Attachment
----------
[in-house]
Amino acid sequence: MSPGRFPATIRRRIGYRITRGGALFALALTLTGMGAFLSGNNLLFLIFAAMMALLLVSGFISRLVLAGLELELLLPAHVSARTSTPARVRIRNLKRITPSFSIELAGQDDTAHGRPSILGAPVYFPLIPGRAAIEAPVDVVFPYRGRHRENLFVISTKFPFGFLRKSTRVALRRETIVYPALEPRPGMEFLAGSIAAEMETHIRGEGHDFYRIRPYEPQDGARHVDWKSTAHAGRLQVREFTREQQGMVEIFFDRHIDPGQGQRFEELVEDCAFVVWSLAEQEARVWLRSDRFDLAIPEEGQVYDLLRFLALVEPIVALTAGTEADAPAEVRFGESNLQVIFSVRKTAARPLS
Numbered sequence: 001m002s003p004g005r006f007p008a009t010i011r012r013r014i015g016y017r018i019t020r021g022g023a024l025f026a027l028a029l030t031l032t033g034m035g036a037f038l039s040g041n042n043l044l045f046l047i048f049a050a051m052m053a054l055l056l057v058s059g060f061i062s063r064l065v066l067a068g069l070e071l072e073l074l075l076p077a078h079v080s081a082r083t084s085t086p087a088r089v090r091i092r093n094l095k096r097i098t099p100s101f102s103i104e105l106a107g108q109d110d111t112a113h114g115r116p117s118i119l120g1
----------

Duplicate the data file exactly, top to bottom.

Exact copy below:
[in-house]
Amino acid sequence: MSPGRFPATIRRRIGYRITRGGALFALALTLTGMGAFLSGNNLLFLIFAAMMALLLVSGFISRLVLAGLELELLLPAHVSARTSTPARVRIRNLKRITPSFSIELAGQDDTAHGRPSILGAPVYFPLIPGRAAIEAPVDVVFPYRGRHRENLFVISTKFPFGFLRKSTRVALRRETIVYPALEPRPGMEFLAGSIAAEMETHIRGEGHDFYRIRPYEPQDGARHVDWKSTAHAGRLQVREFTREQQGMVEIFFDRHIDPGQGQRFEELVEDCAFVVWSLAEQEARVWLRSDRFDLAIPEEGQVYDLLRFLALVEPIVALTAGTEADAPAEVRFGESNLQVIFSVRKTAARPLS
Numbered sequence: 001m002s003p004g005r006f007p008a009t010i011r012r013r014i015g016y017r018i019t020r021g022g023a024l025f026a027l028a029l030t031l032t033g034m035g036a037f038l039s040g041n042n043l044l045f046l047i048f049a050a051m052m053a054l055l056l057v058s059g060f061i062s063r064l065v066l067a068g069l070e071l072e073l074l075l076p077a078h079v080s081a082r083t084s085t086p087a088r089v090r091i092r093n094l095k096r097i098t099p100s101f102s103i104e105l106a107g108q109d110d111t112a113h114g115r116p117s118i119l120g1